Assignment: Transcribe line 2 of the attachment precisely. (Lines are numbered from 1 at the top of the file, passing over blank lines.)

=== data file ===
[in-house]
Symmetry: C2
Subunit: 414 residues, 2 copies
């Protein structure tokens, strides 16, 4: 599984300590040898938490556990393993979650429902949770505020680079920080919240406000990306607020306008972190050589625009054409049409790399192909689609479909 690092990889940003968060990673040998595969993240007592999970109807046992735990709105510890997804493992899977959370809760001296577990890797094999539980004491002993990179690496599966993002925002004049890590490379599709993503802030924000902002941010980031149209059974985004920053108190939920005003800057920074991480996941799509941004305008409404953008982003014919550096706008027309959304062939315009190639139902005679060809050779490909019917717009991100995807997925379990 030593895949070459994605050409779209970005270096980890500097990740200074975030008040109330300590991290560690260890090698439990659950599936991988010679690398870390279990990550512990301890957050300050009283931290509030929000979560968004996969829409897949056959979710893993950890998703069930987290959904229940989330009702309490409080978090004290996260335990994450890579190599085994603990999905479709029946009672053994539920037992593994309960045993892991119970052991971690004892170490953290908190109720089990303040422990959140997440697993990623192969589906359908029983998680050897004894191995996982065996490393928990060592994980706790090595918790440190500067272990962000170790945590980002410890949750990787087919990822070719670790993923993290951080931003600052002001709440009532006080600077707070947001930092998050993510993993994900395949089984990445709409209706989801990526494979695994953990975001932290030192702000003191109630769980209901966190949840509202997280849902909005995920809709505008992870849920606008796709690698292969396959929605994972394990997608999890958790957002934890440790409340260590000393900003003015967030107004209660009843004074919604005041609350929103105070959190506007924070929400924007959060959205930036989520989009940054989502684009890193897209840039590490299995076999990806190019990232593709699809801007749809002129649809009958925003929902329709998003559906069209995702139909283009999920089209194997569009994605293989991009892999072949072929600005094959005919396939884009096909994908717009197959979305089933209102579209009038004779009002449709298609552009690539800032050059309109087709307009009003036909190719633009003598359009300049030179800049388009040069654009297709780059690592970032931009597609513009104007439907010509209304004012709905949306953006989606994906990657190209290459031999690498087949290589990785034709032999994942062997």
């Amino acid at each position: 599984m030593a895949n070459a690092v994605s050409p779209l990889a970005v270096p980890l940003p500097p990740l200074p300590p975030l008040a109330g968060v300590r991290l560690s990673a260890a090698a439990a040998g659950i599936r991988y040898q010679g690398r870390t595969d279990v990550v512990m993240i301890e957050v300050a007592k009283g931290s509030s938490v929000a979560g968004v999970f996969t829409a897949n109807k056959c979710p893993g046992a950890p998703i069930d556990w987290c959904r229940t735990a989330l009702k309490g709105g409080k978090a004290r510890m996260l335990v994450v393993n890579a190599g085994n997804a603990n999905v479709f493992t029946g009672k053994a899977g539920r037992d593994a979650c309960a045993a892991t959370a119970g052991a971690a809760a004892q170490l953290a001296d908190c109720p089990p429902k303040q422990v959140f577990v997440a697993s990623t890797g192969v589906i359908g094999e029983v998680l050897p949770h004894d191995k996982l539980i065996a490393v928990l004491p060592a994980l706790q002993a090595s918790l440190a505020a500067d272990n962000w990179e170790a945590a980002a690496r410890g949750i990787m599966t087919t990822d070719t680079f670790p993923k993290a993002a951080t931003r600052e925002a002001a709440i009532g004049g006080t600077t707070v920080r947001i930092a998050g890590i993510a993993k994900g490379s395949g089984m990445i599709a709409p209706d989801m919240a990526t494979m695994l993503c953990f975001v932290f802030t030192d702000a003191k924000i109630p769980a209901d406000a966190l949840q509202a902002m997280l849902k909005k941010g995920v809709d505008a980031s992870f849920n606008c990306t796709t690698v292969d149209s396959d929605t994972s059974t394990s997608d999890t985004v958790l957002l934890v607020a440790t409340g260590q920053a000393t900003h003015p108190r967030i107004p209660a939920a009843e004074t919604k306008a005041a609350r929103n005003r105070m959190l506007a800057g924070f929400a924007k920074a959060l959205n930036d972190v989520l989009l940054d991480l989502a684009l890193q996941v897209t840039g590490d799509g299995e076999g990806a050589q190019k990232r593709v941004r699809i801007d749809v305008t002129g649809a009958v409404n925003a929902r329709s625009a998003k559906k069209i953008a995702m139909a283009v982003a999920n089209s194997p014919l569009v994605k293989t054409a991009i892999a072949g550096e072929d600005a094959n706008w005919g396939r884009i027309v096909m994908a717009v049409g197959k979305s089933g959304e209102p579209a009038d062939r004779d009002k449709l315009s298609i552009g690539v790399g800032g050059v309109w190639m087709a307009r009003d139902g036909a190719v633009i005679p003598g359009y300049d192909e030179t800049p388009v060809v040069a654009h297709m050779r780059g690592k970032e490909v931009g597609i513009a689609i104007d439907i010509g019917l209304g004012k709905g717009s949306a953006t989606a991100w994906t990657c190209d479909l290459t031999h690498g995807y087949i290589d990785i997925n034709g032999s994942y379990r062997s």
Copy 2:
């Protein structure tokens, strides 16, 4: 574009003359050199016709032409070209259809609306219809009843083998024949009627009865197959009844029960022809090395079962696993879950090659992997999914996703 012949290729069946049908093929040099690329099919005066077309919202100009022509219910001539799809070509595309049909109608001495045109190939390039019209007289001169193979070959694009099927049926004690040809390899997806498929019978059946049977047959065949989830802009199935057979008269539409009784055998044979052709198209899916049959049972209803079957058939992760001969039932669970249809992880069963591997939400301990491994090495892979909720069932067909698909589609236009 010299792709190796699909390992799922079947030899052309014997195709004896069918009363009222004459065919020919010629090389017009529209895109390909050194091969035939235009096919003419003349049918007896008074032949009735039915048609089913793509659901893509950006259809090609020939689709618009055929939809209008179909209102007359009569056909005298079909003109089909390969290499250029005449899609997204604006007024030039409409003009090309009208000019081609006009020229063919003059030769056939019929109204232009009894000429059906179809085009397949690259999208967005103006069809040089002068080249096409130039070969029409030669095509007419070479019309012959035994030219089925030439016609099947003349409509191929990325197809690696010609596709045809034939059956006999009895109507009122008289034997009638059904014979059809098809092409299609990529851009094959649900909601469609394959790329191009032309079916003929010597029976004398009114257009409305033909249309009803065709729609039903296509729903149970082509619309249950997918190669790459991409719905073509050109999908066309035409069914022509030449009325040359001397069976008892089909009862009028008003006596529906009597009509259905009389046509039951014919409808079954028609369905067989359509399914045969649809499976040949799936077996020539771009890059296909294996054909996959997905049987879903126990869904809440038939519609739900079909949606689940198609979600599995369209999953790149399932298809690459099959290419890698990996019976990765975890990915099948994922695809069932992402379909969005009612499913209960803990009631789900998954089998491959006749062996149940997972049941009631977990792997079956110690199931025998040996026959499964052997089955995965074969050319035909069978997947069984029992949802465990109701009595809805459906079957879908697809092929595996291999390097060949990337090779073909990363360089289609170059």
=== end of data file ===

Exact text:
Symmetry: C2